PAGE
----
I usually beat the temptation to link to Letters of Note, but you really need to read this.
F. Scott Fitzgerald’s advice to an amateur writer is thoughtful and precise. Like all great writing, this letter communicates more than it says.
You’ve got to sell your heart, your strongest reactions, not the little minor things that only touch you lightly, the little experiences that you might tell at dinner. This is especially true when you begin to write, when you have not yet developed the tricks of interesting people on paper, when you have none of the technique which it takes time to learn. When, in short, you have only your emotions to sell.
As an amateur fiction writer, this makes great sense. All of my early stories were expressions of emotion, with plots forced upon them for context. The novel’s plot is more direct, though, and I think I’ve been hoping that the emotion will simply condense like dew on the structure. Fitzgerald has me worried, though, that I’m not yet good enough to make the actions and dialogue affect the reader.
It takes a special and practiced power to communicate more than the words you write. Three of my favourite lines from The Great Gatsby are,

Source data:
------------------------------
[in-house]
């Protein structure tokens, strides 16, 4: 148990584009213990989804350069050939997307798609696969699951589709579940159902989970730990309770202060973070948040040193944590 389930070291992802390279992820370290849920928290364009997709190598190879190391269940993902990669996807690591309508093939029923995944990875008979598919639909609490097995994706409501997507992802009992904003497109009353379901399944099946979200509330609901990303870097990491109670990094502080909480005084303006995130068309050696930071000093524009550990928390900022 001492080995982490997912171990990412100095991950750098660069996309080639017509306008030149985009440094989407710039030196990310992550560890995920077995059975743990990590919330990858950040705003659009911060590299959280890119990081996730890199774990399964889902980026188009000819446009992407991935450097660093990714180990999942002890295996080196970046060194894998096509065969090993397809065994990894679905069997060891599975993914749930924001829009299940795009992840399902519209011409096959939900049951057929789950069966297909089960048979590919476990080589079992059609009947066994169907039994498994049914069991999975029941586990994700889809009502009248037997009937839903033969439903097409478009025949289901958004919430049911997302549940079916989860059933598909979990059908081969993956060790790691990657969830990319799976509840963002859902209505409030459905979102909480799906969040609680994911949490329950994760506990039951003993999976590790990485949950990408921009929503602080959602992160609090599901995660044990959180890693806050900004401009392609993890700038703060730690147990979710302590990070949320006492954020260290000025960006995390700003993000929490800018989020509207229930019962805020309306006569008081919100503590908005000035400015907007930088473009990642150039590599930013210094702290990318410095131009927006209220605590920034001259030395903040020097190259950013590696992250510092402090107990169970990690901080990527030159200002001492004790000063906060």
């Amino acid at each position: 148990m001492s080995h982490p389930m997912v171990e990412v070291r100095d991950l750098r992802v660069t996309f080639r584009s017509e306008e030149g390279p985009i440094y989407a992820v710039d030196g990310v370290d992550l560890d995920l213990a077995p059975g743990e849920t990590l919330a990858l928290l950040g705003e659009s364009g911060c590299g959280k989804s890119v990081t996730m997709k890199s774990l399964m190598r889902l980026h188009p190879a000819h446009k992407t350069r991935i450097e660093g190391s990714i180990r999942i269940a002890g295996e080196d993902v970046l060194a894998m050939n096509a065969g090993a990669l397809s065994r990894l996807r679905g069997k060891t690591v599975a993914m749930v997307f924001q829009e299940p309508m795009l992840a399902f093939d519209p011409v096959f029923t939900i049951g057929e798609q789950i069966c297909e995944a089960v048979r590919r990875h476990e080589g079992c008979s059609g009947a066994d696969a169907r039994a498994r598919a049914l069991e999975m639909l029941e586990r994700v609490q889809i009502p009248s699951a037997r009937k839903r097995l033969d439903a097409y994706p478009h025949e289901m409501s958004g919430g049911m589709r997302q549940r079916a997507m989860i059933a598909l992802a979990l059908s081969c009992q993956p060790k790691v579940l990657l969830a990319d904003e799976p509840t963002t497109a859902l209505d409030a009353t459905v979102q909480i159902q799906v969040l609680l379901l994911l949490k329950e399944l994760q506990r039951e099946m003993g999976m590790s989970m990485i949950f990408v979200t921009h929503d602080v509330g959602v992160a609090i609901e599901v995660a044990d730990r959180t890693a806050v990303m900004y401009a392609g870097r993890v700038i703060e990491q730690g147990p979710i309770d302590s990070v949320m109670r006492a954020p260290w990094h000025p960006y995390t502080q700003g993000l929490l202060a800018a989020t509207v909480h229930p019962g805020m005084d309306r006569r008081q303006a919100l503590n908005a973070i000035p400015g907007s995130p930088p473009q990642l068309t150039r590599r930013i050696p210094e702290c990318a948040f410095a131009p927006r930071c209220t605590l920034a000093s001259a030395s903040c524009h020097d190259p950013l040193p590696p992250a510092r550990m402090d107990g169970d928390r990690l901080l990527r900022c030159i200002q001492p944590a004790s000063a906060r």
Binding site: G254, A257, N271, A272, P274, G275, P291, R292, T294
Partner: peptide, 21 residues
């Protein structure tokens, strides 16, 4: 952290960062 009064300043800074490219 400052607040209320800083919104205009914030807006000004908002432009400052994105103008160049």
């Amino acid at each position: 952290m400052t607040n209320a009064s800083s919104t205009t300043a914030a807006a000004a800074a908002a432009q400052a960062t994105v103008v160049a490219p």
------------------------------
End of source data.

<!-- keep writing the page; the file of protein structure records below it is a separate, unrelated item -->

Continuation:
The younger of the two was a stranger to me. She was extended full length at her end of the divan, completely motionless and with her chin raised a little as if she were balancing something on it which was quite likely to fall.
At any rate Miss Baker’s lips fluttered, she nodded at me almost imperceptibly and then quickly tipped her head back again–the object she was balancing had obviously tottered a little and given her something of a fright.
I glanced at Daisy, who was staring terrified between Gatsby and her husband, and at Jordan, who had begun to balance an invisible but absorbing object on the tip of her chin.
The first two are from chapter one, and the third is from chapter seven. This is how the character of Jordan Baker is described. How clear that description is. We are shown, not just how she holds her chin, but how she holds herself. We both see and understand her, all from a detail.
It takes a long, long time to learn to write that well. So when I rewrite the novel it will be with a more focused eye on emotion.